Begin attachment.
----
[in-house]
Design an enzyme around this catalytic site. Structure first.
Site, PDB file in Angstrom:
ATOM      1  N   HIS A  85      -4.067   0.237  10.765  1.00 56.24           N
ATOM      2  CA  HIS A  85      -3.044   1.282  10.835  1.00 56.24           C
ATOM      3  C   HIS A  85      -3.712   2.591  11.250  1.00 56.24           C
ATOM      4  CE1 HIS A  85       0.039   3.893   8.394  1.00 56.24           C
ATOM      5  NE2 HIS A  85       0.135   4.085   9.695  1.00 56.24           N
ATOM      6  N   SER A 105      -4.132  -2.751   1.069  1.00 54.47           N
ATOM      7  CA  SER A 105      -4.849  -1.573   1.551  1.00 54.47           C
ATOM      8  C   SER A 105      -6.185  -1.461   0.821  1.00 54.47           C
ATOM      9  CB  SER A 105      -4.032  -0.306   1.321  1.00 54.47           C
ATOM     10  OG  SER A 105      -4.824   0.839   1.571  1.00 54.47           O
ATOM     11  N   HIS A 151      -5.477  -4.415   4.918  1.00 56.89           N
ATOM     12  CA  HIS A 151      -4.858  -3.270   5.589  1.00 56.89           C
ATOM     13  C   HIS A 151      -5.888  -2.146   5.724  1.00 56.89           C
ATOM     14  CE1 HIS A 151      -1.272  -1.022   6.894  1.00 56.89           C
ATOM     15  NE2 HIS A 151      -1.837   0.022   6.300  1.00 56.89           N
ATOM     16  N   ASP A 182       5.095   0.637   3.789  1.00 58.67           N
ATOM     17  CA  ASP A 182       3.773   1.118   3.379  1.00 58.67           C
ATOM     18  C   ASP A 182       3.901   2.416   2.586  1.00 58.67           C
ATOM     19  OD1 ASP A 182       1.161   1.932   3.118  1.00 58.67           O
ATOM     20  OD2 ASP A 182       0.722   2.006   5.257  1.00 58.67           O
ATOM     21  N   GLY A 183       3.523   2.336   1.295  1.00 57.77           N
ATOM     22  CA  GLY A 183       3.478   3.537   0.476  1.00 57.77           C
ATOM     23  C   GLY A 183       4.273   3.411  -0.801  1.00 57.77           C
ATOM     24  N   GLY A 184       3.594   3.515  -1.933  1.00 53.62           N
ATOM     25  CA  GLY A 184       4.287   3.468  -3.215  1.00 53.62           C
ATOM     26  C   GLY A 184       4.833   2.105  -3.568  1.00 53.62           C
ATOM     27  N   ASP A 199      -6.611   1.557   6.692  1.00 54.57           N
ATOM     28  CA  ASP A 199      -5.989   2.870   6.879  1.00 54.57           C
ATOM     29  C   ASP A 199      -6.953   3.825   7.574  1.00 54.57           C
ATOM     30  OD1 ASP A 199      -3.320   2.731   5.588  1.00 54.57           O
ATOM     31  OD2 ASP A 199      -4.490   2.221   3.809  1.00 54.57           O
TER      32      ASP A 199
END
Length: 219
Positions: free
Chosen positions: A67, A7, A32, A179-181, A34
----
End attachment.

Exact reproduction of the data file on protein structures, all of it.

[in-house]
Design an enzyme around this catalytic site. Structure first.
Site, PDB file in Angstrom:
ATOM      1  N   HIS A  85      -4.067   0.237  10.765  1.00 56.24           N
ATOM      2  CA  HIS A  85      -3.044   1.282  10.835  1.00 56.24           C
ATOM      3  C   HIS A  85      -3.712   2.591  11.250  1.00 56.24           C
ATOM      4  CE1 HIS A  85       0.039   3.893   8.394  1.00 56.24           C
ATOM      5  NE2 HIS A  85       0.135   4.085   9.695  1.00 56.24           N
ATOM      6  N   SER A 105      -4.132  -2.751   1.069  1.00 54.47           N
ATOM      7  CA  SER A 105      -4.849  -1.573   1.551  1.00 54.47           C
ATOM      8  C   SER A 105      -6.185  -1.461   0.821  1.00 54.47           C
ATOM      9  CB  SER A 105      -4.032  -0.306   1.321  1.00 54.47           C
ATOM     10  OG  SER A 105      -4.824   0.839   1.571  1.00 54.47           O
ATOM     11  N   HIS A 151      -5.477  -4.415   4.918  1.00 56.89           N
ATOM     12  CA  HIS A 151      -4.858  -3.270   5.589  1.00 56.89           C
ATOM     13  C   HIS A 151      -5.888  -2.146   5.724  1.00 56.89           C
ATOM     14  CE1 HIS A 151      -1.272  -1.022   6.894  1.00 56.89           C
ATOM     15  NE2 HIS A 151      -1.837   0.022   6.300  1.00 56.89           N
ATOM     16  N   ASP A 182       5.095   0.637   3.789  1.00 58.67           N
ATOM     17  CA  ASP A 182       3.773   1.118   3.379  1.00 58.67           C
ATOM     18  C   ASP A 182       3.901   2.416   2.586  1.00 58.67           C
ATOM     19  OD1 ASP A 182       1.161   1.932   3.118  1.00 58.67           O
ATOM     20  OD2 ASP A 182       0.722   2.006   5.257  1.00 58.67           O
ATOM     21  N   GLY A 183       3.523   2.336   1.295  1.00 57.77           N
ATOM     22  CA  GLY A 183       3.478   3.537   0.476  1.00 57.77           C
ATOM     23  C   GLY A 183       4.273   3.411  -0.801  1.00 57.77           C
ATOM     24  N   GLY A 184       3.594   3.515  -1.933  1.00 53.62           N
ATOM     25  CA  GLY A 184       4.287   3.468  -3.215  1.00 53.62           C
ATOM     26  C   GLY A 184       4.833   2.105  -3.568  1.00 53.62           C
ATOM     27  N   ASP A 199      -6.611   1.557   6.692  1.00 54.57           N
ATOM     28  CA  ASP A 199      -5.989   2.870   6.879  1.00 54.57           C
ATOM     29  C   ASP A 199      -6.953   3.825   7.574  1.00 54.57           C
ATOM     30  OD1 ASP A 199      -3.320   2.731   5.588  1.00 54.57           O
ATOM     31  OD2 ASP A 199      -4.490   2.221   3.809  1.00 54.57           O
TER      32      ASP A 199
END
Length: 219
Positions: free
Chosen positions: A67, A7, A32, A179-181, A34